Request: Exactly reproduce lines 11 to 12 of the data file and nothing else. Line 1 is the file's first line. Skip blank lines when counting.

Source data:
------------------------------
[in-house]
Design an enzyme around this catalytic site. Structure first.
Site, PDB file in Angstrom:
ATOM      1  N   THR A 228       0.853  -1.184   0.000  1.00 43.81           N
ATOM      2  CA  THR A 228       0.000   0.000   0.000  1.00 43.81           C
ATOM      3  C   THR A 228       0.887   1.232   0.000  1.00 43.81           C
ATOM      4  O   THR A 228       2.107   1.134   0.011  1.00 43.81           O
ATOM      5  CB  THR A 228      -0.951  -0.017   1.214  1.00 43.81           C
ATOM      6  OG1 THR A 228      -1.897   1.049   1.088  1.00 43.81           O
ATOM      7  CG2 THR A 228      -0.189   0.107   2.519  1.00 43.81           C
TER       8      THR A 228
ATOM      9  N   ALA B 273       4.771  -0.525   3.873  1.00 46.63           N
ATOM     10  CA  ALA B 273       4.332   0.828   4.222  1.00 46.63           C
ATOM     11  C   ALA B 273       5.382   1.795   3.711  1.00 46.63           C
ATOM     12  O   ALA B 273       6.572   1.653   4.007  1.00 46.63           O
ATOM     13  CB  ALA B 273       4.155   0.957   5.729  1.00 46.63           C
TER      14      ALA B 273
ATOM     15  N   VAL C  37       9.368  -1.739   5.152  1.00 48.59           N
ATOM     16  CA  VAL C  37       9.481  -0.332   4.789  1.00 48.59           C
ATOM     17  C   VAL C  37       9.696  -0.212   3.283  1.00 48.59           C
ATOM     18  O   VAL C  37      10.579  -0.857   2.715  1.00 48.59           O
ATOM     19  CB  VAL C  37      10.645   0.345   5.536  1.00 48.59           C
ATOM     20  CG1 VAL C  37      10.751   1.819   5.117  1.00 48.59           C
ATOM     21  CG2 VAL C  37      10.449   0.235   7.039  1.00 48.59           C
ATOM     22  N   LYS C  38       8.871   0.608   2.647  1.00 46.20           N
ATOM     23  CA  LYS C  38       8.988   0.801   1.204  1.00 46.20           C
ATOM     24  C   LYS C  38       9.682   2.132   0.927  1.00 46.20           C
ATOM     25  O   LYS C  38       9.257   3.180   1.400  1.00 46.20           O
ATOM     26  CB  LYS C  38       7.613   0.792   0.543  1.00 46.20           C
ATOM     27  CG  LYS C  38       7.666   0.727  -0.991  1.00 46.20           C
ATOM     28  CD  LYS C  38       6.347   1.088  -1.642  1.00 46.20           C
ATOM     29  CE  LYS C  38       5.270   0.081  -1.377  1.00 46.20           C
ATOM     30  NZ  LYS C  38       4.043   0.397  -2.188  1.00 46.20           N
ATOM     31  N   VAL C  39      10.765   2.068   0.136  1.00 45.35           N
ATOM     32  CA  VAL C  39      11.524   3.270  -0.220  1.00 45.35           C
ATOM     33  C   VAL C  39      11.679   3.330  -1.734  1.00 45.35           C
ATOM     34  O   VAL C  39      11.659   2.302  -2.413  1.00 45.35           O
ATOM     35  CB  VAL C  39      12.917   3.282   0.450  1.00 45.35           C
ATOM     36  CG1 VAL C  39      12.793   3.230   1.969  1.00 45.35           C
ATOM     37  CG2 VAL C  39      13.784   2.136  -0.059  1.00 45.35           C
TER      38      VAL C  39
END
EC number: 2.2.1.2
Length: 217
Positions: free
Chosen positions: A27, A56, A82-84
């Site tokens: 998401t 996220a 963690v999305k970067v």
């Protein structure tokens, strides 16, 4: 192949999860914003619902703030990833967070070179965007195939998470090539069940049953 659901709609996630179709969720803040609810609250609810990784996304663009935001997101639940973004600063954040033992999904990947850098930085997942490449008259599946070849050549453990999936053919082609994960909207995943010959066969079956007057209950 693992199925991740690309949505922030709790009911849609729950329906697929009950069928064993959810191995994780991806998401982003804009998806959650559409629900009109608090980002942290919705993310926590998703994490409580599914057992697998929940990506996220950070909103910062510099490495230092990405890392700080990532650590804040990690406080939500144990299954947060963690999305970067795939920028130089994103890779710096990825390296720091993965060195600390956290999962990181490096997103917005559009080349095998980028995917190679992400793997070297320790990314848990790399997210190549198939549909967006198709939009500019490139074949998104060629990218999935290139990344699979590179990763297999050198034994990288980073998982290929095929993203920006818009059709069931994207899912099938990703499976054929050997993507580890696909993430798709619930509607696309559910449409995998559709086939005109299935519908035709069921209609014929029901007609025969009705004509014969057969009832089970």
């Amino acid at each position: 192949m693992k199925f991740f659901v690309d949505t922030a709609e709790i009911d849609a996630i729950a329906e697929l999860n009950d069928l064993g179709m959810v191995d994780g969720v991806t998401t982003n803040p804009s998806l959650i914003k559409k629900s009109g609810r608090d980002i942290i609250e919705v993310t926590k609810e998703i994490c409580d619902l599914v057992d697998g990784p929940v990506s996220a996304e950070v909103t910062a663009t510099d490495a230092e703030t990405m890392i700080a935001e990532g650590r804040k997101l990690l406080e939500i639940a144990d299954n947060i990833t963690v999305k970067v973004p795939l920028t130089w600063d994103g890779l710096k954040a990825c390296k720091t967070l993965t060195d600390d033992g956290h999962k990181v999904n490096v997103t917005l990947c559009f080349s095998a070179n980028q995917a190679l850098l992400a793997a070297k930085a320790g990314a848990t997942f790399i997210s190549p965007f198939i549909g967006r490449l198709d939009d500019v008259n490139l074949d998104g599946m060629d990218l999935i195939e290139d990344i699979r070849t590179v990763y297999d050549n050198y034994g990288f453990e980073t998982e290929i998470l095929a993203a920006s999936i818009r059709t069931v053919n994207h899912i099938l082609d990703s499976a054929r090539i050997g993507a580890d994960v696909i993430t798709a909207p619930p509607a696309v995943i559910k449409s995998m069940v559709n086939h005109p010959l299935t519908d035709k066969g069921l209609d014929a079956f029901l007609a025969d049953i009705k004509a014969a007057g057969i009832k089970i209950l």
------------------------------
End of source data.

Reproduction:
TER       8      THR A 228
ATOM      9  N   ALA B 273       4.771  -0.525   3.873  1.00 46.63           N